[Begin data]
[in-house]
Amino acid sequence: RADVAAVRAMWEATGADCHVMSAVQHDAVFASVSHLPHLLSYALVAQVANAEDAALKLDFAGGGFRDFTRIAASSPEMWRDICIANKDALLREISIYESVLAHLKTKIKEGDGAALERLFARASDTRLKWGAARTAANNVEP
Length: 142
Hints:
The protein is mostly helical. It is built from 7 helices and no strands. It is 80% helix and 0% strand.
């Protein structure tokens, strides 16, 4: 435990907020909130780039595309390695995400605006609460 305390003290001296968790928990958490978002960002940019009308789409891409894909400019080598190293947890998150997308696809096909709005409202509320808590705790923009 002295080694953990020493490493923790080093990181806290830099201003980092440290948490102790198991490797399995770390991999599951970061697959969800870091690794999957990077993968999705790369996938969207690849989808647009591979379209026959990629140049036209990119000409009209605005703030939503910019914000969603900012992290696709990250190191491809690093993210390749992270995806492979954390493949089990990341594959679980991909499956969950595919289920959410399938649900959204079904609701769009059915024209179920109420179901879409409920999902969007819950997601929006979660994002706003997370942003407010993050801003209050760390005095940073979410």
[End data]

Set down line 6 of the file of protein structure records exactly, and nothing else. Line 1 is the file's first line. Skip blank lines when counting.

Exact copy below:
């Protein structure tokens, strides 16, 4: 435990907020909130780039595309390695995400605006609460 305390003290001296968790928990958490978002960002940019009308789409891409894909400019080598190293947890998150997308696809096909709005409202509320808590705790923009 002295080694953990020493490493923790080093990181806290830099201003980092440290948490102790198991490797399995770390991999599951970061697959969800870091690794999957990077993968999705790369996938969207690849989808647009591979379209026959990629140049036209990119000409009209605005703030939503910019914000969603900012992290696709990250190191491809690093993210390749992270995806492979954390493949089990990341594959679980991909499956969950595919289920959410399938649900959204079904609701769009059915024209179920109420179901879409409920999902969007819950997601929006979660994002706003997370942003407010993050801003209050760390005095940073979410």